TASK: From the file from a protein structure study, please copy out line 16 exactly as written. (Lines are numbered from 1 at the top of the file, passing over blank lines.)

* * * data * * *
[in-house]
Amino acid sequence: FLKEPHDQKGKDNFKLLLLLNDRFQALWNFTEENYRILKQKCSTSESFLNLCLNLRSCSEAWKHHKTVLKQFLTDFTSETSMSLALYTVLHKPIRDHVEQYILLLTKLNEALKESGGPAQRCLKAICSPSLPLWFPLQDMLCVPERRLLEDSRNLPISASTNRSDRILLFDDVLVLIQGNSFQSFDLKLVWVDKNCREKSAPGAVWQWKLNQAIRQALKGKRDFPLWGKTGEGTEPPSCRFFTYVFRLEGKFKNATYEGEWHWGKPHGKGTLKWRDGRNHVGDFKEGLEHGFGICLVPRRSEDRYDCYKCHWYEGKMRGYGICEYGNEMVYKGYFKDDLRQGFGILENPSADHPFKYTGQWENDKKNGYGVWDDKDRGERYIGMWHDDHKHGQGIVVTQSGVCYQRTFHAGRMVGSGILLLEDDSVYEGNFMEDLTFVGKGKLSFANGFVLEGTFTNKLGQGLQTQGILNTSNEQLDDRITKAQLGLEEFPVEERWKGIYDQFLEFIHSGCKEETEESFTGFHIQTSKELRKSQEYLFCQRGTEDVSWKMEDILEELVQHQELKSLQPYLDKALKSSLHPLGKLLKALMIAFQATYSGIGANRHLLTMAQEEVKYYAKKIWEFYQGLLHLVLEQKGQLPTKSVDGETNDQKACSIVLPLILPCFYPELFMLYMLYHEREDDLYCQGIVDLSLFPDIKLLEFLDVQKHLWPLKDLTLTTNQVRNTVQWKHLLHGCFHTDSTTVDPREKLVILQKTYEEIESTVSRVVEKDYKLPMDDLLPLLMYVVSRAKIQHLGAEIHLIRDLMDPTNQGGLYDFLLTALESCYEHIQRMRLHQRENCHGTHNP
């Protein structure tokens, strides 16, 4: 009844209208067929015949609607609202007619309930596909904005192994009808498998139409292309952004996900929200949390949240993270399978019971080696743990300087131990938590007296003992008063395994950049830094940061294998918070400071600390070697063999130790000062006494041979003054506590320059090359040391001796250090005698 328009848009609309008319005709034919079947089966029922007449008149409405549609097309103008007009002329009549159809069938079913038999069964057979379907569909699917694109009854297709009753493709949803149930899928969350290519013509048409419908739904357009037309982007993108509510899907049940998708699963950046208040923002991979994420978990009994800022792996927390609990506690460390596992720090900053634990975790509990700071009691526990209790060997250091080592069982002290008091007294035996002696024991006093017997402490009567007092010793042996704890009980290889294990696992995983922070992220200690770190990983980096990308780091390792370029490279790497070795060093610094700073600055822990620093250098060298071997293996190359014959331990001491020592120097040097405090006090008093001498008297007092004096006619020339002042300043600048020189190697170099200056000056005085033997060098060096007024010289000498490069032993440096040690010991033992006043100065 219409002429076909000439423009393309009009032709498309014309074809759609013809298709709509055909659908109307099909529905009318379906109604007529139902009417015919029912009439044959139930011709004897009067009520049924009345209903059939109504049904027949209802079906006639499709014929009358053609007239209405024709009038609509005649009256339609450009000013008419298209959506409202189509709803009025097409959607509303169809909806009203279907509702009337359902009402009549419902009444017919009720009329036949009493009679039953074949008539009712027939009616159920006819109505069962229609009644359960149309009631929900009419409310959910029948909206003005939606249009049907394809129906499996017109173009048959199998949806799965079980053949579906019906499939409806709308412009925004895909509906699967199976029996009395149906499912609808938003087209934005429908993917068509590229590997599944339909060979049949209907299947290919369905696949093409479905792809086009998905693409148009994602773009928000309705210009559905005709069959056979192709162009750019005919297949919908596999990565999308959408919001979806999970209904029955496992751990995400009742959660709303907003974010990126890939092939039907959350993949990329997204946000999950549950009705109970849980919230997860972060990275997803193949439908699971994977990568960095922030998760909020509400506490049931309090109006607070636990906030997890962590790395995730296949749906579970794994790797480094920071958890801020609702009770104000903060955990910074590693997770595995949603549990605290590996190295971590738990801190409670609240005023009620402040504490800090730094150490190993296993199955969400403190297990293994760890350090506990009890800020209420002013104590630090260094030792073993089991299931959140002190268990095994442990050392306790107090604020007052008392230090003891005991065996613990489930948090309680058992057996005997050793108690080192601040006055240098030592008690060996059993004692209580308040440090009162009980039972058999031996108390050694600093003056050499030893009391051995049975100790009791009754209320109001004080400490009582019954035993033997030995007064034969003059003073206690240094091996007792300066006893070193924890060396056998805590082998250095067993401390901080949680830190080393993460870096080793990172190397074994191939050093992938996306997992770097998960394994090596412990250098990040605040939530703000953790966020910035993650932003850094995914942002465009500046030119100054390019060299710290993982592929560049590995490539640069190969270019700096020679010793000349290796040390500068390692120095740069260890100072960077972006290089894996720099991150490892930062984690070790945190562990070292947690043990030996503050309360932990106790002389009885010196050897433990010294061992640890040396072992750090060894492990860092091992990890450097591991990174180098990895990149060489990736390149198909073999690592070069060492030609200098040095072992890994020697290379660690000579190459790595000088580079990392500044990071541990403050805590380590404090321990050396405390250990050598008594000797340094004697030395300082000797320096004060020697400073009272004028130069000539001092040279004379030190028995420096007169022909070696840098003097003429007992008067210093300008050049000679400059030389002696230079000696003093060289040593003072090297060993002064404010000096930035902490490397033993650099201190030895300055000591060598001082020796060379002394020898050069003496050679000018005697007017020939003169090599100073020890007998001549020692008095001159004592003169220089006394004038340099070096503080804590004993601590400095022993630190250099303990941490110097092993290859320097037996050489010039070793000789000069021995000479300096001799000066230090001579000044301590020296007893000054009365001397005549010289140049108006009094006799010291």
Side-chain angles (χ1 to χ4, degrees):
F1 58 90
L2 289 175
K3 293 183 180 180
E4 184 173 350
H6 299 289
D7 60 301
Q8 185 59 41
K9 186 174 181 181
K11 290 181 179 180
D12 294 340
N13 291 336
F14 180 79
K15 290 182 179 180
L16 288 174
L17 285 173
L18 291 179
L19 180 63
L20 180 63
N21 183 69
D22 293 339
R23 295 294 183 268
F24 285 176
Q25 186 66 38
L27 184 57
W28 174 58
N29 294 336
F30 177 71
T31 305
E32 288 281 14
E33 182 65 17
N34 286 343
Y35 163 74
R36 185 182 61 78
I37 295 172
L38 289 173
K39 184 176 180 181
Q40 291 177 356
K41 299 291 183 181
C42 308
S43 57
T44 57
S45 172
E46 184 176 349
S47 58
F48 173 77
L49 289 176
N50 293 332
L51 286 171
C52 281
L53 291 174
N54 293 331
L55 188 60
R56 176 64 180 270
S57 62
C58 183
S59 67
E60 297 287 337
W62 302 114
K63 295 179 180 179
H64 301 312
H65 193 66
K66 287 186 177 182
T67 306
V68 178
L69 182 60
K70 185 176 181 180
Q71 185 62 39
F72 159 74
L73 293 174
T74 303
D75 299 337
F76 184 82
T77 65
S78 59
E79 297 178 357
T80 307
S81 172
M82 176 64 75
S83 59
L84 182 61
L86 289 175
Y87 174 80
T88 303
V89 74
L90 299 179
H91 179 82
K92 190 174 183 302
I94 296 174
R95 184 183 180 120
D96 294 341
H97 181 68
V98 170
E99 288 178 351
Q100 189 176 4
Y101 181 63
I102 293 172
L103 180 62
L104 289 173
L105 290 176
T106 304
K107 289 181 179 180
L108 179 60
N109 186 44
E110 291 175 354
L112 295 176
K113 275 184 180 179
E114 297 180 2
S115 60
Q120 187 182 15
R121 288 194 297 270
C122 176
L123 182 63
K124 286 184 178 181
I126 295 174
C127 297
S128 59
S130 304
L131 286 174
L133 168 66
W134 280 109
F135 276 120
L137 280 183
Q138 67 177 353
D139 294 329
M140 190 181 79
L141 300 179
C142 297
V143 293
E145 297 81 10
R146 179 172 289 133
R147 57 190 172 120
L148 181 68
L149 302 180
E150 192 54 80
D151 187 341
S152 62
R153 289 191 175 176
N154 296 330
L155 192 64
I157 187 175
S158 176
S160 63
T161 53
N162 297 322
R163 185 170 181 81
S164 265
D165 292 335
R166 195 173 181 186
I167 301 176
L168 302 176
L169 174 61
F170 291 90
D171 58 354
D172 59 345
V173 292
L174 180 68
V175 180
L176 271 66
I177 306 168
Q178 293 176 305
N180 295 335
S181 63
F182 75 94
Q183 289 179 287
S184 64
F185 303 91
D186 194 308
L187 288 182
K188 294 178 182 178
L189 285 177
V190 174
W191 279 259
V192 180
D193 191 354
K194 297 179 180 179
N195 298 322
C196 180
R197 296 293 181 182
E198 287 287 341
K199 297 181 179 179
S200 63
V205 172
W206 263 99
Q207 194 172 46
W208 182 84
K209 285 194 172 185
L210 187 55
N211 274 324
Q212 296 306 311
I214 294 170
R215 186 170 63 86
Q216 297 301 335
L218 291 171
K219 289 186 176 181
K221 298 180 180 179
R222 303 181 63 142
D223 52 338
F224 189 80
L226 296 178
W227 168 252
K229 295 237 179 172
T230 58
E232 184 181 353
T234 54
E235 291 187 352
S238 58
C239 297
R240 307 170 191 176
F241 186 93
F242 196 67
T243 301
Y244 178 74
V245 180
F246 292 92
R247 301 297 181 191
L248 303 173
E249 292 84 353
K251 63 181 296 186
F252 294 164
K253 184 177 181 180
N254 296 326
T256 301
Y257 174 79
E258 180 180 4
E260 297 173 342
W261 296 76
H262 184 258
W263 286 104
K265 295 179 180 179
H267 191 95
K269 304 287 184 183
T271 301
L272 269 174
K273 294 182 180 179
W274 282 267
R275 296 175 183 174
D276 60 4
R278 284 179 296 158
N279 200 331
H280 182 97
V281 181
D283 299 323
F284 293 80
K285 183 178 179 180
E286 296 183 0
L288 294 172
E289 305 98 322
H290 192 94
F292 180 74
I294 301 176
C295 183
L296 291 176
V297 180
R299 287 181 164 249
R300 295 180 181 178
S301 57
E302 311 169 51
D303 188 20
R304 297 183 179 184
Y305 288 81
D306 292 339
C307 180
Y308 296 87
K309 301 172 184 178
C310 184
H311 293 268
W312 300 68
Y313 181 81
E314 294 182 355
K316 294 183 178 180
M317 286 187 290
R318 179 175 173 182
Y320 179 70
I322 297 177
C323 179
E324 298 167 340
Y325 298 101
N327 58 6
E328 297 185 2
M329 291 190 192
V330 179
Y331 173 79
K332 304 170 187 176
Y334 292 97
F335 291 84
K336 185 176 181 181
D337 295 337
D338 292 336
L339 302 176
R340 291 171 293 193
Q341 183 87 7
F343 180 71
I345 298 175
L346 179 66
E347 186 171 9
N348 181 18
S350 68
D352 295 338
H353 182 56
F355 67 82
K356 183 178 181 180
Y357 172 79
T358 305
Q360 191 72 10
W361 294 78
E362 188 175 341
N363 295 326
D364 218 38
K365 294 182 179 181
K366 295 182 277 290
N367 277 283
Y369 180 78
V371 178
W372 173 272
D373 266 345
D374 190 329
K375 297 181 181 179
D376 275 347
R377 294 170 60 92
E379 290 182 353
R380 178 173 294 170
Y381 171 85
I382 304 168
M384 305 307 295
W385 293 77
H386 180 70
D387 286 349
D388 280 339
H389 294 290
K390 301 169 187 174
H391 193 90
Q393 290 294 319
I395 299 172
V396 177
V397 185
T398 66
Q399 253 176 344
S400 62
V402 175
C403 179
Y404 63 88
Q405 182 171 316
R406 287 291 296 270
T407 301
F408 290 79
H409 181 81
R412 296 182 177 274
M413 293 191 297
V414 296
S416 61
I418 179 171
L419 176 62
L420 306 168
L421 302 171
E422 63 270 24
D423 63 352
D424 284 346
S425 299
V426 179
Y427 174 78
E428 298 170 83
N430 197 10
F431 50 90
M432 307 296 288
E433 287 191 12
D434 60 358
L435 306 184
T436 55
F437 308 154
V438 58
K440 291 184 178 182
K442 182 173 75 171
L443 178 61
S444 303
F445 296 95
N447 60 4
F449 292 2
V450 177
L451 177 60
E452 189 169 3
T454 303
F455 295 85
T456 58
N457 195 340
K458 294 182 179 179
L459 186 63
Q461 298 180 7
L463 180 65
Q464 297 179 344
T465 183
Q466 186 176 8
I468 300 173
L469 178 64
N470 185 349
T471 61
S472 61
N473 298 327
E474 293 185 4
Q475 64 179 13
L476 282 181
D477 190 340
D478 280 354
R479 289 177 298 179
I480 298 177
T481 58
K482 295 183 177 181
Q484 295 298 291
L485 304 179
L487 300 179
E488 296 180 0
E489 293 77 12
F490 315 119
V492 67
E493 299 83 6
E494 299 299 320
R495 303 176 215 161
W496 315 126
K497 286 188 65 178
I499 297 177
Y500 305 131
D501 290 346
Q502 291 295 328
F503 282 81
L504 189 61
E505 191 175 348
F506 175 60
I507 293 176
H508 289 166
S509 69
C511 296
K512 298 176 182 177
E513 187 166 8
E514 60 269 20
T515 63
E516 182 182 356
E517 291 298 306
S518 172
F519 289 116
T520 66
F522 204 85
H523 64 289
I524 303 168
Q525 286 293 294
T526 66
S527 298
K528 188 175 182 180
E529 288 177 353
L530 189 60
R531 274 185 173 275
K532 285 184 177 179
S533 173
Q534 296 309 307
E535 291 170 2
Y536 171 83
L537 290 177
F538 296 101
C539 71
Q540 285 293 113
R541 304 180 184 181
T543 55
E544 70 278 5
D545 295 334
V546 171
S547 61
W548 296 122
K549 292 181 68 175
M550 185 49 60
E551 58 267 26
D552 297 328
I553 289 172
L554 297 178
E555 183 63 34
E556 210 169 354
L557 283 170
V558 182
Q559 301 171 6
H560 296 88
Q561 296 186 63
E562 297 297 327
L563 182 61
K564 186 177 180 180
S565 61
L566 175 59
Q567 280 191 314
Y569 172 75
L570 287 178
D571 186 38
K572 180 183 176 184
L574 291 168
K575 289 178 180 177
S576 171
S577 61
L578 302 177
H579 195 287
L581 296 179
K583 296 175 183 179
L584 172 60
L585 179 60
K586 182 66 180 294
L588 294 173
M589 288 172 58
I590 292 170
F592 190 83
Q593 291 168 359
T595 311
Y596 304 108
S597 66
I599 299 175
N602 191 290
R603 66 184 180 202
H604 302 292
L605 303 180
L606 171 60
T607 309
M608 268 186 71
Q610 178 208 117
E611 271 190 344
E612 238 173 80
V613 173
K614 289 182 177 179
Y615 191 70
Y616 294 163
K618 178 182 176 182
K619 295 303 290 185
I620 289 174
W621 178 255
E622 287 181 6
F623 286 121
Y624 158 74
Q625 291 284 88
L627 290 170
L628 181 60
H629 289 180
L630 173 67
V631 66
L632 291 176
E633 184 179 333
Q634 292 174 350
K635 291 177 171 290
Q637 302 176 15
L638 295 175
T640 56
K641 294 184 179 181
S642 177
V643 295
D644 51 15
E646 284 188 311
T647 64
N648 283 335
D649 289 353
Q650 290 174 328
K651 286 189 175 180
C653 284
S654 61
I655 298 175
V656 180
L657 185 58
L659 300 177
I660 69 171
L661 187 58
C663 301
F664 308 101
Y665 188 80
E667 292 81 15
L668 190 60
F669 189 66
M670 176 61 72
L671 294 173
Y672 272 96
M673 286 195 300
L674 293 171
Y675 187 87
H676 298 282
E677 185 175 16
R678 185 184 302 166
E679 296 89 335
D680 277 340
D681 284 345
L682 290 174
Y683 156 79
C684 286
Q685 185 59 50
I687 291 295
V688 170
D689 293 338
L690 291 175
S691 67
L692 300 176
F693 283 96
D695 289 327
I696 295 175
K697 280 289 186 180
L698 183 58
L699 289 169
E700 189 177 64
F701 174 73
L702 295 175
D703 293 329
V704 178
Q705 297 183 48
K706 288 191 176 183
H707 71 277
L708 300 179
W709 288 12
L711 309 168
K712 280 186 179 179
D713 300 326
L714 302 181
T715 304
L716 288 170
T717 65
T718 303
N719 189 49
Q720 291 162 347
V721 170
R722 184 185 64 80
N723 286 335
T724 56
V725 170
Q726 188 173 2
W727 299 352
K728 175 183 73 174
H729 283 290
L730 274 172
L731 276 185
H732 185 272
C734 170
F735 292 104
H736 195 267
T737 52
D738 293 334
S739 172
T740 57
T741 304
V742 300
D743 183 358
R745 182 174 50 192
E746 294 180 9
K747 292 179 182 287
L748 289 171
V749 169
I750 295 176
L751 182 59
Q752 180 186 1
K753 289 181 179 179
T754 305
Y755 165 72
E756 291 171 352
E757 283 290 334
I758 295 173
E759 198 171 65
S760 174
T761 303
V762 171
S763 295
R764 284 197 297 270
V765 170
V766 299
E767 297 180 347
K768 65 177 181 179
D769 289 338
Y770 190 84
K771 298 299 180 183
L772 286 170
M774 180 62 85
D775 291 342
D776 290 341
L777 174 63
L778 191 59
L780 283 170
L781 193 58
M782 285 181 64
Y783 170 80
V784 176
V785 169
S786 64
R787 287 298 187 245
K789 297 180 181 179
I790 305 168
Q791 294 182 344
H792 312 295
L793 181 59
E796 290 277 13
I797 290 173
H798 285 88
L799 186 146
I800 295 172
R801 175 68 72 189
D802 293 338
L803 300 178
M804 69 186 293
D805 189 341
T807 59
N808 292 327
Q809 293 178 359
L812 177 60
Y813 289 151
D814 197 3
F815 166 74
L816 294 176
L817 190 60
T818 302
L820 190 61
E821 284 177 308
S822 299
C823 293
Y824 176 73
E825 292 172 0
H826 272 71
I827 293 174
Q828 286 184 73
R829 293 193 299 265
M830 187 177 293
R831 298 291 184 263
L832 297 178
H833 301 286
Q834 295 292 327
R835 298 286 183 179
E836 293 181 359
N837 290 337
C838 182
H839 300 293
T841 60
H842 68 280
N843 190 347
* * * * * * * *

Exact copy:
F14 180 79